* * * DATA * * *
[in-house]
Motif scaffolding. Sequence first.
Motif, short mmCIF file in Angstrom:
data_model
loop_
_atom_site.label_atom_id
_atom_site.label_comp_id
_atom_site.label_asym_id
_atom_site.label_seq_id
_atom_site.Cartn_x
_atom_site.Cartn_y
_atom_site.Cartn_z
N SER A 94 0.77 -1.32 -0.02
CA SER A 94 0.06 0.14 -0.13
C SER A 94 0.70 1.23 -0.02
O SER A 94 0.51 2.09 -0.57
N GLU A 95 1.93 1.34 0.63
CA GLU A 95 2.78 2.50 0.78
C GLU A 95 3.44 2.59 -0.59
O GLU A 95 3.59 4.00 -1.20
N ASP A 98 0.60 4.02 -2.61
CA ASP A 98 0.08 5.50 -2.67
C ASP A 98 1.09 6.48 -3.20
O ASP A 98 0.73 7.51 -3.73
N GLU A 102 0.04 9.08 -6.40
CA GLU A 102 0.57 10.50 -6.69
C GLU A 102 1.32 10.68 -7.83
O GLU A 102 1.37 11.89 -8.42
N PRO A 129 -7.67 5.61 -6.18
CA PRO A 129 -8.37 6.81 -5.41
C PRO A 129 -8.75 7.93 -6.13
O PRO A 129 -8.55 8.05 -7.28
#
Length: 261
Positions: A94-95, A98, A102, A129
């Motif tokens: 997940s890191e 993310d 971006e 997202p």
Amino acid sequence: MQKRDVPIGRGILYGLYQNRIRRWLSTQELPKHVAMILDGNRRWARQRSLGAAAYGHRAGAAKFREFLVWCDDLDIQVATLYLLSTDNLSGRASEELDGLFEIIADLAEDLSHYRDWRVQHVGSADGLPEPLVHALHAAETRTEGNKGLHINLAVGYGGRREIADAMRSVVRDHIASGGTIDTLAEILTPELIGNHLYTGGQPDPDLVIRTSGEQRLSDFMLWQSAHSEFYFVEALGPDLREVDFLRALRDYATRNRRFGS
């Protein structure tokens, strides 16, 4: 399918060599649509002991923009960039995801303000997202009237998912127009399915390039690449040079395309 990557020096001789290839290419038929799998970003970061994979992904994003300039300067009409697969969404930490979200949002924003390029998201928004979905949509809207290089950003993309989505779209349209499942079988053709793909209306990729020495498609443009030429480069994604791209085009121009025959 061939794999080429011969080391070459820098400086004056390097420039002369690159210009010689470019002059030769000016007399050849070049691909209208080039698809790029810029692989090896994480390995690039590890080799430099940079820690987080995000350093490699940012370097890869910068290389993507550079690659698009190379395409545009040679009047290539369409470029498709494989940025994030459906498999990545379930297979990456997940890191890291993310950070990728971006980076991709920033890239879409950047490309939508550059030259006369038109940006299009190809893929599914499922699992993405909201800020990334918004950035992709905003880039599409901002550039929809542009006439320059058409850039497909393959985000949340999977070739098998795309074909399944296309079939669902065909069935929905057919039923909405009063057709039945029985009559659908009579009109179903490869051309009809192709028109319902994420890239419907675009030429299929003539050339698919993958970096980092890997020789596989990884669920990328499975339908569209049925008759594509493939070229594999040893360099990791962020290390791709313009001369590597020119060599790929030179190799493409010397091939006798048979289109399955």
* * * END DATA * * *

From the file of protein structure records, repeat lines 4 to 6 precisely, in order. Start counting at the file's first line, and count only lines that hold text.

data_model
loop_
_atom_site.label_atom_id